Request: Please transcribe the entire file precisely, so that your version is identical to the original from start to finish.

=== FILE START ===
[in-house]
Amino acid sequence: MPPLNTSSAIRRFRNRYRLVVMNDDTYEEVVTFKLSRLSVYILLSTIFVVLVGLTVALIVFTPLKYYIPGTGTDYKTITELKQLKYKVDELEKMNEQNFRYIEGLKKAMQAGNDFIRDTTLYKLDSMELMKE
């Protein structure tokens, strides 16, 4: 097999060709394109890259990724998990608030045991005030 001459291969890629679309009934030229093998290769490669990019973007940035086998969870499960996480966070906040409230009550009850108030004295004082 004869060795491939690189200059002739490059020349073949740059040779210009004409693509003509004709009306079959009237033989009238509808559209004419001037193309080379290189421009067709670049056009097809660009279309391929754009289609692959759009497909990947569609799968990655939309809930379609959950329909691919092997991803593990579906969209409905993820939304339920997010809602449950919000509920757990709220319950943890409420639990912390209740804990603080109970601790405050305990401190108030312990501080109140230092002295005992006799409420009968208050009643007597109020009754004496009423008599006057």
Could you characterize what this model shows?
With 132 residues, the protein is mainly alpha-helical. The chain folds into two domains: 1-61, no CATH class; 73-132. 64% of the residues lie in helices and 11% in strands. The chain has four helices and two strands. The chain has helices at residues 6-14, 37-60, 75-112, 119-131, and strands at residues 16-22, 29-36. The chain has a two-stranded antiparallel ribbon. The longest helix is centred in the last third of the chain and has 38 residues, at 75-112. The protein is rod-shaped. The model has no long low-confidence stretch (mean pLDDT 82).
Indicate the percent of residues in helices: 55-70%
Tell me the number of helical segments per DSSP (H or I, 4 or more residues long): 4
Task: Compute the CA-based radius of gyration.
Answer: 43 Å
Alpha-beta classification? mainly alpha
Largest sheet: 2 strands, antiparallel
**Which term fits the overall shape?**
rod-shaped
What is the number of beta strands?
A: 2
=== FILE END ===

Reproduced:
[in-house]
Amino acid sequence: MPPLNTSSAIRRFRNRYRLVVMNDDTYEEVVTFKLSRLSVYILLSTIFVVLVGLTVALIVFTPLKYYIPGTGTDYKTITELKQLKYKVDELEKMNEQNFRYIEGLKKAMQAGNDFIRDTTLYKLDSMELMKE
């Protein structure tokens, strides 16, 4: 097999060709394109890259990724998990608030045991005030 001459291969890629679309009934030229093998290769490669990019973007940035086998969870499960996480966070906040409230009550009850108030004295004082 004869060795491939690189200059002739490059020349073949740059040779210009004409693509003509004709009306079959009237033989009238509808559209004419001037193309080379290189421009067709670049056009097809660009279309391929754009289609692959759009497909990947569609799968990655939309809930379609959950329909691919092997991803593990579906969209409905993820939304339920997010809602449950919000509920757990709220319950943890409420639990912390209740804990603080109970601790405050305990401190108030312990501080109140230092002295005992006799409420009968208050009643007597109020009754004496009423008599006057």
Could you characterize what this model shows?
With 132 residues, the protein is mainly alpha-helical. The chain folds into two domains: 1-61, no CATH class; 73-132. 64% of the residues lie in helices and 11% in strands. The chain has four helices and two strands. The chain has helices at residues 6-14, 37-60, 75-112, 119-131, and strands at residues 16-22, 29-36. The chain has a two-stranded antiparallel ribbon. The longest helix is centred in the last third of the chain and has 38 residues, at 75-112. The protein is rod-shaped. The model has no long low-confidence stretch (mean pLDDT 82).
Indicate the percent of residues in helices: 55-70%
Tell me the number of helical segments per DSSP (H or I, 4 or more residues long): 4
Task: Compute the CA-based radius of gyration.
Answer: 43 Å
Alpha-beta classification? mainly alpha
Largest sheet: 2 strands, antiparallel
**Which term fits the overall shape?**
rod-shaped
What is the number of beta strands?
A: 2